Bachelor of Talmudic Law

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The Bachelor of Talmudic law (BTL) is a law degree, comprising the study, analysis and application of ancient Talmudical, Biblical, and other historical sources. The laws derived from these texts comprise the origin of many of today’s judicial systems.[1]

Program content[edit]

Undergraduate programs conferring this degree involve studying the legal principles and concepts of Jewish Law, covering civil, criminal and matrimonial law. The course also includes the study of applicable tort, property and contract law. Furthermore, the program also covers legal jurisprudence, judicial systems – including the validity of witnesses and judges – and dispute resolution. A large part of the curriculum focuses on textual analysis, principles of logic, game theory, probability calculus, and critical reasoning. Many programs emphasize the cosmopolitan implications of the principal content areas, thus preparing graduates to assume leadership and professional positions in a wide array of professional and academic fields. Almost all the studied texts are in Aramaic or Hebrew, and the program requires a working knowledge of both languages to facilitate the understanding and examination of these sources. In many institutions, this degree is a prerequisite to the study for Semicha, Rabbinic Ordination. At accredited institutions this degree requires 120 credit hours of study.[2]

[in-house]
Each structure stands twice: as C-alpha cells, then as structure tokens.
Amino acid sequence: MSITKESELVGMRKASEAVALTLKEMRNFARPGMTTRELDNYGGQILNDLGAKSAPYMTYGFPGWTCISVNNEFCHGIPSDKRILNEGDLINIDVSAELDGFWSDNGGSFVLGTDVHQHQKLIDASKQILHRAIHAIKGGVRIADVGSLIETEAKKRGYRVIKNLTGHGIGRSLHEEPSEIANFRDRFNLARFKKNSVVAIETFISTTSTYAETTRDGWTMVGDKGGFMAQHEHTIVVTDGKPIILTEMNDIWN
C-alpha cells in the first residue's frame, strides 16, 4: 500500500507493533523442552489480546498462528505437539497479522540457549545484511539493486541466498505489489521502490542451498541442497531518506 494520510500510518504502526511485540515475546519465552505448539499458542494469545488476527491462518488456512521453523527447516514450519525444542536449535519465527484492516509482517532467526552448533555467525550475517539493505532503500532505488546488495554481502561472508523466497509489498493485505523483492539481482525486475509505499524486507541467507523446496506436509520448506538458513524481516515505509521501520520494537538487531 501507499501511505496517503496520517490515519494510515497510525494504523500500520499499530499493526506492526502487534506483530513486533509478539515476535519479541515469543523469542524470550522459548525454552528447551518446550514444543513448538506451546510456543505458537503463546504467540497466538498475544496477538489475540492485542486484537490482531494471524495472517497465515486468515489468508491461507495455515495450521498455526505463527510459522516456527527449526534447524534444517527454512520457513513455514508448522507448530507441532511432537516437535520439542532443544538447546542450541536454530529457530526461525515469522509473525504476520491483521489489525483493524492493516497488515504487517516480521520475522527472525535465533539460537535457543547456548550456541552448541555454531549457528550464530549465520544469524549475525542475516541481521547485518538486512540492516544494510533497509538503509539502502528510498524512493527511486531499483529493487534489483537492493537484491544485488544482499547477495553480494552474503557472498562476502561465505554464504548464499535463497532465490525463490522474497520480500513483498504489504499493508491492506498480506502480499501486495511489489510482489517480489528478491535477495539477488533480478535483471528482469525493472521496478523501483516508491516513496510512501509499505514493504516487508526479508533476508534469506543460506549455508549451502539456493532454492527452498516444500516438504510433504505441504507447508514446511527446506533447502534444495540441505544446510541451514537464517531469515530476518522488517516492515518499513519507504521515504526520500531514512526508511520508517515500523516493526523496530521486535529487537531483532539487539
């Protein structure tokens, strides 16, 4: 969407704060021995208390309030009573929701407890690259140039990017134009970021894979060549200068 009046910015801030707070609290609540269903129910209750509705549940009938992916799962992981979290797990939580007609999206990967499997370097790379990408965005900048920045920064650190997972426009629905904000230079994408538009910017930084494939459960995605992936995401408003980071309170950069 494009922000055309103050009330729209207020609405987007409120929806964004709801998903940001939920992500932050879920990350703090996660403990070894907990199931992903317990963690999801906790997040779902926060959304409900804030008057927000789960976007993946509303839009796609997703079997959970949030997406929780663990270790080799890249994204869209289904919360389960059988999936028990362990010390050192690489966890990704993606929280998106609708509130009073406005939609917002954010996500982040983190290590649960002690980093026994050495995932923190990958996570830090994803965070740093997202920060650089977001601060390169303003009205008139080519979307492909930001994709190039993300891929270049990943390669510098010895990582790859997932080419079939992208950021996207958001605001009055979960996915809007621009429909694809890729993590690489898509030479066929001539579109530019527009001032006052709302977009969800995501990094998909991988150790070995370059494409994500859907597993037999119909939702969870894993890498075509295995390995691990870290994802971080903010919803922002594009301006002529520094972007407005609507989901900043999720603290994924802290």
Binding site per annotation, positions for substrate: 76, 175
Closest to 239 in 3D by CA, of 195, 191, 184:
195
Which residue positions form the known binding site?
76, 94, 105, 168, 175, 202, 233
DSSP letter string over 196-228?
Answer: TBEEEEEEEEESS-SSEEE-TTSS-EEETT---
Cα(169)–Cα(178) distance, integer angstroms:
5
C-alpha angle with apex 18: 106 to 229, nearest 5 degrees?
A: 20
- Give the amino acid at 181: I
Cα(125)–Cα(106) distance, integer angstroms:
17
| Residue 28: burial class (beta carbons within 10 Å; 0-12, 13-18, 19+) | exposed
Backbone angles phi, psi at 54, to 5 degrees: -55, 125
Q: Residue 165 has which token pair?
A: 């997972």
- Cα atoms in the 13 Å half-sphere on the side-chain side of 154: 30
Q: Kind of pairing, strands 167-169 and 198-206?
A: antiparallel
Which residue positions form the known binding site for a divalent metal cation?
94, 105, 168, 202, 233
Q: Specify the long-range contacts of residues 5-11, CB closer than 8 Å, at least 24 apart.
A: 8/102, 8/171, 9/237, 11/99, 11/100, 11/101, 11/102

Examples of case studies[edit]

An example of a specific case studied is that of an agricultural business with annual tax obligations, wanting to pay its tithe early, using estimation to evaluate the required amount. Legal discussion is based around the issue of interest charged if the amount proves too high, and extra benefit if the approximated figure falls below that for this year's crop. Obviously, such cases have clear parallels to those arising in the English legal system.[3]

An additional illustration of the use these ancient concepts in modern-day use is the precedent in Haley v London Electricity Board,[4] holding liable the owner of such holes or public dangers that may cause injury to unaware passers-by. In Jewish law this concept is known as “pits in public thoroughfares” and has wide-reaching tort implications.[5]

Accreditation and recognition[edit]

In North America, four entities that accredit religious schools in particular are recognized by the United States Department of Education and the Council for Higher Education Accreditation:[6]

Since these accreditors meet Council for Higher Education Accreditation [7] and United States Department of Education[8] recognition criteria, standards correspond to those of regional accreditors. Contrary to the principles laid out by the Council for Higher Education Accreditation in Transfer and the Public Interest: A Statement to the Community,[9] many regionally accredited institutions continue to base transfer credit decisions solely or primarily upon regional accreditation.

See also[edit]